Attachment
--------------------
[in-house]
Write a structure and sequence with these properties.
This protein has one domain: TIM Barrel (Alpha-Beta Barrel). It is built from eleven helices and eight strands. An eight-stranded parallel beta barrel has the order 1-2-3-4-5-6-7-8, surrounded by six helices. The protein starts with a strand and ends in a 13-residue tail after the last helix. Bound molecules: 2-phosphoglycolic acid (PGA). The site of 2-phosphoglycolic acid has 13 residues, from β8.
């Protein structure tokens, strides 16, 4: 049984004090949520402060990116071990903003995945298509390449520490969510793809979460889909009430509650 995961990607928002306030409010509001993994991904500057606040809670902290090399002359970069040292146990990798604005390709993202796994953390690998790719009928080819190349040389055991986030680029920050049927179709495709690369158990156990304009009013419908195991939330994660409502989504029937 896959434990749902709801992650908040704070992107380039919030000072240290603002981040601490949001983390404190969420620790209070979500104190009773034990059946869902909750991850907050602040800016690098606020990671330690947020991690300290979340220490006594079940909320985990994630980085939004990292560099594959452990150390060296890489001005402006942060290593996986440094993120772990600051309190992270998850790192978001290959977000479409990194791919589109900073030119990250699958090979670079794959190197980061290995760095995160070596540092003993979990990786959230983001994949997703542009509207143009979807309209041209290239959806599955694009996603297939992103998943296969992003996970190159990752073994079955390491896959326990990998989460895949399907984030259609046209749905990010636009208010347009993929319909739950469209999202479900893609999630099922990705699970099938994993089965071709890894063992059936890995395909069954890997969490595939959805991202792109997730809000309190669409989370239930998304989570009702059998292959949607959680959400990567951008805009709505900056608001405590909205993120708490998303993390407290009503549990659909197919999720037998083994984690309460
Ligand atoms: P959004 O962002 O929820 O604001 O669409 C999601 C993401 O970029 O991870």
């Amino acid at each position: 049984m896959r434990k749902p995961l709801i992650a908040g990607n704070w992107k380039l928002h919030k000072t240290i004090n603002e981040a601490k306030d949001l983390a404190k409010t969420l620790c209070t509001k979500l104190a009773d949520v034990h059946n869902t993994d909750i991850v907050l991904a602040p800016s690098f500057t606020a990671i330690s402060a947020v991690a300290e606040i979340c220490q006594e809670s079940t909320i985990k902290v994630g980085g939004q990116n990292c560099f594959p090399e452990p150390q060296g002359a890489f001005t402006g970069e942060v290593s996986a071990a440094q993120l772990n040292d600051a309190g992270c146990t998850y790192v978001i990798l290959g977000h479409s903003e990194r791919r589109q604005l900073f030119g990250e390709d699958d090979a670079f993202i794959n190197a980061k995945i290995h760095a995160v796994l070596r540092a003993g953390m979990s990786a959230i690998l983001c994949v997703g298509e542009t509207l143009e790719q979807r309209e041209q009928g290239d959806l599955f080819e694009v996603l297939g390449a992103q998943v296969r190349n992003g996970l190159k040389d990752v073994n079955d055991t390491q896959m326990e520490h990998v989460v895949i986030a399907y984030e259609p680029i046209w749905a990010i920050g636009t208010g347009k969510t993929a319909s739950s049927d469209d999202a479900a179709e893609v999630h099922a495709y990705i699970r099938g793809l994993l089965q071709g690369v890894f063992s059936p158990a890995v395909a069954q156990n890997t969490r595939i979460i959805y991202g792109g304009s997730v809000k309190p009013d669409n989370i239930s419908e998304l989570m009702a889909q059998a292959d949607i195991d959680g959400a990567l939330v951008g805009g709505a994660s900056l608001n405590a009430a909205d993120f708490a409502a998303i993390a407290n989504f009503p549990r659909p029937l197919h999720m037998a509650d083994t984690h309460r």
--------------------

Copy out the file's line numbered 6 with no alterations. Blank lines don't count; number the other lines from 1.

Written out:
């Amino acid at each position: 049984m896959r434990k749902p995961l709801i992650a908040g990607n704070w992107k380039l928002h919030k000072t240290i004090n603002e981040a601490k306030d949001l983390a404190k409010t969420l620790c209070t509001k979500l104190a009773d949520v034990h059946n869902t993994d909750i991850v907050l991904a602040p800016s690098f500057t606020a990671i330690s402060a947020v991690a300290e606040i979340c220490q006594e809670s079940t909320i985990k902290v994630g980085g939004q990116n990292c560099f594959p090399e452990p150390q060296g002359a890489f001005t402006g970069e942060v290593s996986a071990a440094q993120l772990n040292d600051a309190g992270c146990t998850y790192v978001i990798l290959g977000h479409s903003e990194r791919r589109q604005l900073f030119g990250e390709d699958d090979a670079f993202i794959n190197a980061k995945i290995h760095a995160v796994l070596r540092a003993g953390m979990s990786a959230i690998l983001c994949v997703g298509e542009t509207l143009e790719q979807r309209e041209q009928g290239d959806l599955f080819e694009v996603l297939g390449a992103q998943v296969r190349n992003g996970l190159k040389d990752v073994n079955d055991t390491q896959m326990e520490h990998v989460v895949i986030a399907y984030e259609p680029i046209w749905a990010i920050g636009t208010g347009k969510t993929a319909s739950s049927d469209d999202a479900a179709e893609v999630h099922a495709y990705i699970r099938g793809l994993l089965q071709g690369v890894f063992s059936p158990a890995v395909a069954q156990n890997t969490r595939i979460i959805y991202g792109g304009s997730v809000k309190p009013d669409n989370i239930s419908e998304l989570m009702a889909q059998a292959d949607i195991d959680g959400a990567l939330v951008g805009g709505a994660s900056l608001n405590a009430a909205d993120f708490a409502a998303i993390a407290n989504f009503p549990r659909p029937l197919h999720m037998a509650d083994t984690h309460r």